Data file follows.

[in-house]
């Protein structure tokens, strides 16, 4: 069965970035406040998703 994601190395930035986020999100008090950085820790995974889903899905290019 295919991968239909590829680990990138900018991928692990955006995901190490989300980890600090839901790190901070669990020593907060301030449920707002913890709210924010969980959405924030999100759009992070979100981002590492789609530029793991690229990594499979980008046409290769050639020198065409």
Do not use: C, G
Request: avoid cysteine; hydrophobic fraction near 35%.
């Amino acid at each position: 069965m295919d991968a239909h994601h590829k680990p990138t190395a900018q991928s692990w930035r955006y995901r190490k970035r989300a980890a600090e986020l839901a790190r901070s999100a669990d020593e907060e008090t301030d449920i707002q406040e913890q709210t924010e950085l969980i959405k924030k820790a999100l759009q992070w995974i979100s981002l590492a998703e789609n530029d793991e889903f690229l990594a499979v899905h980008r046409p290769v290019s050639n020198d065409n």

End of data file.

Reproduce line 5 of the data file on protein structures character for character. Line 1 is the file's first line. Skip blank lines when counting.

């Amino acid at each position: 069965m295919d991968a239909h994601h590829k680990p990138t190395a900018q991928s692990w930035r955006y995901r190490k970035r989300a980890a600090e986020l839901a790190r901070s999100a669990d020593e907060e008090t301030d449920i707002q406040e913890q709210t924010e950085l969980i959405k924030k820790a999100l759009q992070w995974i979100s981002l590492a998703e789609n530029d793991e889903f690229l990594a499979v899905h980008r046409p290769v290019s050639n020198d065409n």